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Neurotherapeutics. 2008 Oct;5(4):607-12. doi: 10.1016/j.nurt.2008.09.001.

Treatment of neuromuscular channelopathies: current concepts and future prospects.

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  • 1Department of Neurology, Waikato Hospital, Hamilton, New Zealand.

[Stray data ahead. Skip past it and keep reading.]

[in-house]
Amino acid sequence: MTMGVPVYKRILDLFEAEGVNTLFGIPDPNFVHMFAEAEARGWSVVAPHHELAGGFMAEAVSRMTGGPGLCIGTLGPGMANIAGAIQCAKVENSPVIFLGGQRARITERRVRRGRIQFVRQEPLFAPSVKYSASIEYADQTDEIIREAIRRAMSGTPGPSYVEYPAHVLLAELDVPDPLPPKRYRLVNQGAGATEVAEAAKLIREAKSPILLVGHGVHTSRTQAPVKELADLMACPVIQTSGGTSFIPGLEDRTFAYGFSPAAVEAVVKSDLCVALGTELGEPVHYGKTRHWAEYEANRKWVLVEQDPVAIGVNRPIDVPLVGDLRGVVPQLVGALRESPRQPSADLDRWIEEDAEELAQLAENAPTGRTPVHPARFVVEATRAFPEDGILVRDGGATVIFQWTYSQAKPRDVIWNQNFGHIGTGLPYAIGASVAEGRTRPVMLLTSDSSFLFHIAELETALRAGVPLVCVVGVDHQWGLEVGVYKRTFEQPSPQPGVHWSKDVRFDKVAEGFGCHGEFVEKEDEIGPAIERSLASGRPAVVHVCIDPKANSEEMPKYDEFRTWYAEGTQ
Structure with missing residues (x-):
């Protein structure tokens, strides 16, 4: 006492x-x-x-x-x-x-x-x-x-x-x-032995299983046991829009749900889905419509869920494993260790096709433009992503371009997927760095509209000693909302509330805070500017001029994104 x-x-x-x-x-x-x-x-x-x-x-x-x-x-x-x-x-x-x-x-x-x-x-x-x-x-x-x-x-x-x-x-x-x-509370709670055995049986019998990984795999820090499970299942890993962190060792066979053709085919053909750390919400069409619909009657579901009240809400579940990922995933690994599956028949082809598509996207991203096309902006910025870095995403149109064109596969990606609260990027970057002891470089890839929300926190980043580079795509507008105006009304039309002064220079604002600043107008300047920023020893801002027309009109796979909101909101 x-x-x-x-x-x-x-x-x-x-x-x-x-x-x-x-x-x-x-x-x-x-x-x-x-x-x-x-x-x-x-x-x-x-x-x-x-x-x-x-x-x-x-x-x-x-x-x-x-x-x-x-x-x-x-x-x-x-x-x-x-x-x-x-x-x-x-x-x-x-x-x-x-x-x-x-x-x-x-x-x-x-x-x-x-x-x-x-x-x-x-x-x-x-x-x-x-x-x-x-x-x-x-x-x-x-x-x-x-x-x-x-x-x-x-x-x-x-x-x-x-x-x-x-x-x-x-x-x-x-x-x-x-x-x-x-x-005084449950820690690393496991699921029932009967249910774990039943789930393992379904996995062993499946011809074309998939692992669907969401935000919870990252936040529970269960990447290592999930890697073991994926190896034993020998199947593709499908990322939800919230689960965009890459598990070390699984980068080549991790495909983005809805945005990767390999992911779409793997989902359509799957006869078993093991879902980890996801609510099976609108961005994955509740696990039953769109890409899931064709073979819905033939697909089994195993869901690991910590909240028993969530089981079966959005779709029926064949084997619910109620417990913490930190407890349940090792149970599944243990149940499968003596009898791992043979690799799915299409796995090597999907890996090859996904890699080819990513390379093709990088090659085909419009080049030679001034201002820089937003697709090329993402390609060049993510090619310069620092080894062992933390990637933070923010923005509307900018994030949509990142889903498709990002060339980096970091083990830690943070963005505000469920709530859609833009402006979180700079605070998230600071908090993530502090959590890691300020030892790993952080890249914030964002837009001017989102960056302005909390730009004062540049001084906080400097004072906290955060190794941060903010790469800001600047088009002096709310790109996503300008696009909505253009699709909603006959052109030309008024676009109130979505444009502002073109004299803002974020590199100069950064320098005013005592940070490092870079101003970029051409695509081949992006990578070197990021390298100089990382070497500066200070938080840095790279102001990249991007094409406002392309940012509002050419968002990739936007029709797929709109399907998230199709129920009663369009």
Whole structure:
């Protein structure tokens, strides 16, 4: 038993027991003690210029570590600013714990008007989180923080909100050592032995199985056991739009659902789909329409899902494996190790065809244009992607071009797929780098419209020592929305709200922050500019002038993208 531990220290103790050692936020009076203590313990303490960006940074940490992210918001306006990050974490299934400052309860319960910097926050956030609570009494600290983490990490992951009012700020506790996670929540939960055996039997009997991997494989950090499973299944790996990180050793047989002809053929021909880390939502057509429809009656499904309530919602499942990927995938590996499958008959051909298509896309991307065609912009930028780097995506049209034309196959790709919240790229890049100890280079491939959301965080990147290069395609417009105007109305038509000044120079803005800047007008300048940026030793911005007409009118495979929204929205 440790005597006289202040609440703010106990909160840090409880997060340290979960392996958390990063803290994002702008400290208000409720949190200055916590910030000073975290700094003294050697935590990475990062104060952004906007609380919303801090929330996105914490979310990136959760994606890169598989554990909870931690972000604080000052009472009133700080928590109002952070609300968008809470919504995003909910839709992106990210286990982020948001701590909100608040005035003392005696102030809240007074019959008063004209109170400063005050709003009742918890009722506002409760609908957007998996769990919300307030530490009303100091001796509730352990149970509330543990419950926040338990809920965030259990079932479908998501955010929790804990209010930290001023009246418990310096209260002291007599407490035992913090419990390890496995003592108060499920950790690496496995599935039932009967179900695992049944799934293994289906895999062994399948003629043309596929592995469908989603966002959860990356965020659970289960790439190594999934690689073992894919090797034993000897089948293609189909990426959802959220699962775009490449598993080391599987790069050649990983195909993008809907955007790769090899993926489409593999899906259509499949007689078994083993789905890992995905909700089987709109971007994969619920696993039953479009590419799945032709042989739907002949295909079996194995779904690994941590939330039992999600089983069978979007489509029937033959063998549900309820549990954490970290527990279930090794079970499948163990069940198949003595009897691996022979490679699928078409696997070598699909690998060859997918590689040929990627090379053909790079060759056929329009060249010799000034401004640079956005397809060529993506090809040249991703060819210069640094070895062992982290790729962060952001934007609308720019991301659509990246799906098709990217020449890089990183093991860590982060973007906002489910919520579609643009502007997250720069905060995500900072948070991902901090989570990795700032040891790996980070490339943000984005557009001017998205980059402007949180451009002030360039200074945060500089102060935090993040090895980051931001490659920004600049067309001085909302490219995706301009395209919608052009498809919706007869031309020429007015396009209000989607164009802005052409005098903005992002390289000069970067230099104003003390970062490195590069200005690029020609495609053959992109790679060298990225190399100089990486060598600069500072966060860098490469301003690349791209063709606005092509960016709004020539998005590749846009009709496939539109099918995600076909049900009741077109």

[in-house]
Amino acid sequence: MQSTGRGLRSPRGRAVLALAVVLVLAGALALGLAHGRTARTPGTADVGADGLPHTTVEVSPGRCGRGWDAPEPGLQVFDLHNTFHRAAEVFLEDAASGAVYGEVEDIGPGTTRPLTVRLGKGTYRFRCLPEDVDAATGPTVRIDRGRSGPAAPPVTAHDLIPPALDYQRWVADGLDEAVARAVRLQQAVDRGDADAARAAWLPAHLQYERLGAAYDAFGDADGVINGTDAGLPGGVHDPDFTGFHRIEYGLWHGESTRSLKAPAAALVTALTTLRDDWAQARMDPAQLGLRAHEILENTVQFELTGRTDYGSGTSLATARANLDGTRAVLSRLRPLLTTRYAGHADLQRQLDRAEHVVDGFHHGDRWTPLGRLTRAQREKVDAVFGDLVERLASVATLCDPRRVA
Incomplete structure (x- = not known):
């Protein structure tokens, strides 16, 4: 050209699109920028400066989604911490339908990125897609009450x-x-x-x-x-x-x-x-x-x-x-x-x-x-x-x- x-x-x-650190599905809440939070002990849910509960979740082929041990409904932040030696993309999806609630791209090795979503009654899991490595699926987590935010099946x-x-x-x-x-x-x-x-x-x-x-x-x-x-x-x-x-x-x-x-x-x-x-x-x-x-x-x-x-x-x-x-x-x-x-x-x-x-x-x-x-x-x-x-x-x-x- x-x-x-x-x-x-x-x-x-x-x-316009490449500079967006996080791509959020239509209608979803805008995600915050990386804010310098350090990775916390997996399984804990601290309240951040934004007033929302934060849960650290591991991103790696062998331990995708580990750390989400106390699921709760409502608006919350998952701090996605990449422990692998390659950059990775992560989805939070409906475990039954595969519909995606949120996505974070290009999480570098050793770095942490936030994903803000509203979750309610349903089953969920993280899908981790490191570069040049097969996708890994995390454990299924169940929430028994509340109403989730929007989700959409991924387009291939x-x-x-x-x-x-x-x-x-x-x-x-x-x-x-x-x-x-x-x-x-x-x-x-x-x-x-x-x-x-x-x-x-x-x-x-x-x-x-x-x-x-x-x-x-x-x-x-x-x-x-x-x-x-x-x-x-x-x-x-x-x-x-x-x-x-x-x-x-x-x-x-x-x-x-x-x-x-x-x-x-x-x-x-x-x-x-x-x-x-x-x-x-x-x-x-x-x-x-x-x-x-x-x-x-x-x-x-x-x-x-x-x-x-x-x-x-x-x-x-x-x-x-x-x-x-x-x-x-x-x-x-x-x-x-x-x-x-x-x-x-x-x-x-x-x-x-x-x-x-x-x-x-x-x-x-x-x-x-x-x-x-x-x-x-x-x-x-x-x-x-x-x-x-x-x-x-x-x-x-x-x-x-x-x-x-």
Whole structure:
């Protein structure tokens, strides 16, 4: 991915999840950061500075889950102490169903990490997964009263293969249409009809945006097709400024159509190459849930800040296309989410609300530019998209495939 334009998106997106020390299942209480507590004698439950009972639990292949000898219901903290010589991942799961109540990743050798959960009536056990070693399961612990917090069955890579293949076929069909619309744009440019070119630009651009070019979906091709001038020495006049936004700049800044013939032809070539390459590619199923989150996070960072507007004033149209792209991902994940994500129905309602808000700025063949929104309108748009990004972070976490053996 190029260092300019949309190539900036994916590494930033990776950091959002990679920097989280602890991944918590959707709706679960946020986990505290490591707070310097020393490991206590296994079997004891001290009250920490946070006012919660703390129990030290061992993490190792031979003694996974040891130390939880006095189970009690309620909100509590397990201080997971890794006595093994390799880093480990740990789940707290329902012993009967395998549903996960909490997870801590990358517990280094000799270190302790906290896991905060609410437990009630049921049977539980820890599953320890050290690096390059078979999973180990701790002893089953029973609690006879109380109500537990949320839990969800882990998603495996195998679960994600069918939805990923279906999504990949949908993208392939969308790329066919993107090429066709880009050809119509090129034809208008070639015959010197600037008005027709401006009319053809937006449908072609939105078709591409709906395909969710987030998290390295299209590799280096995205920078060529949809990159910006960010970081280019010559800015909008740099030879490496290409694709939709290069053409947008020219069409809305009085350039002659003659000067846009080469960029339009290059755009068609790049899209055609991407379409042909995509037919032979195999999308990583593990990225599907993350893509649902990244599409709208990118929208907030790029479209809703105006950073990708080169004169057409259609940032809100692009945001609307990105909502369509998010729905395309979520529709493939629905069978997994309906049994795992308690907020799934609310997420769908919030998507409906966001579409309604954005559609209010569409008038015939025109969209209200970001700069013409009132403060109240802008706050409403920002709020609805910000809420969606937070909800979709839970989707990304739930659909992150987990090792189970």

Our understanding of the molecular pathogenesis of the neuromuscular ion channelopathies has increased rapidly over the past two decades due to the identification of many of the genes whose mutation causes these diseases. These molecular discoveries have facilitated identification and classification of the hereditary periodic paralyses and the myotonias, and are likely to shed light on acquired ion channelopathies as well. Despite our better understanding of the pathogenesis of these disorders, current treatments are largely empirical and the evidence in favor of specific therapy largely anecdotal. For periodic paralysis, dichlorphenamide--a carbonic anhydrase inhibitor--has been shown in a controlled trial to prevent attacks for many patients with both hypokalemic and hypokalemic periodic paralysis. A second trial, comparing dichlorphenamide with acetazolamide versus placebo, is currently in progress. For myotonia, there is only anecdotal evidence for treatment, but a controlled trial of mexiletine versus placebo is currently being funded by a Food and Drug Administration-orphan products grant and is scheduled to begin in late 2008. In the future, mechanism-based approaches are likely to be developed. For example, exciting advances have already been made in one disorder, myotonic dystrophy-1 (DM-1). In a mouse model of DM-1, a morpholino antisense oligonucleuotide targeting the 3' splice site of CLCN1 exon 7a repaired the RNA splicing defect by promoting the production of full-length chloride channel transcripts. Abnormal chloride conductance was restored, and myotonia was abolished. Similar strategies hold potential for DM-2. The era of molecularly-based treatments is about to begin.

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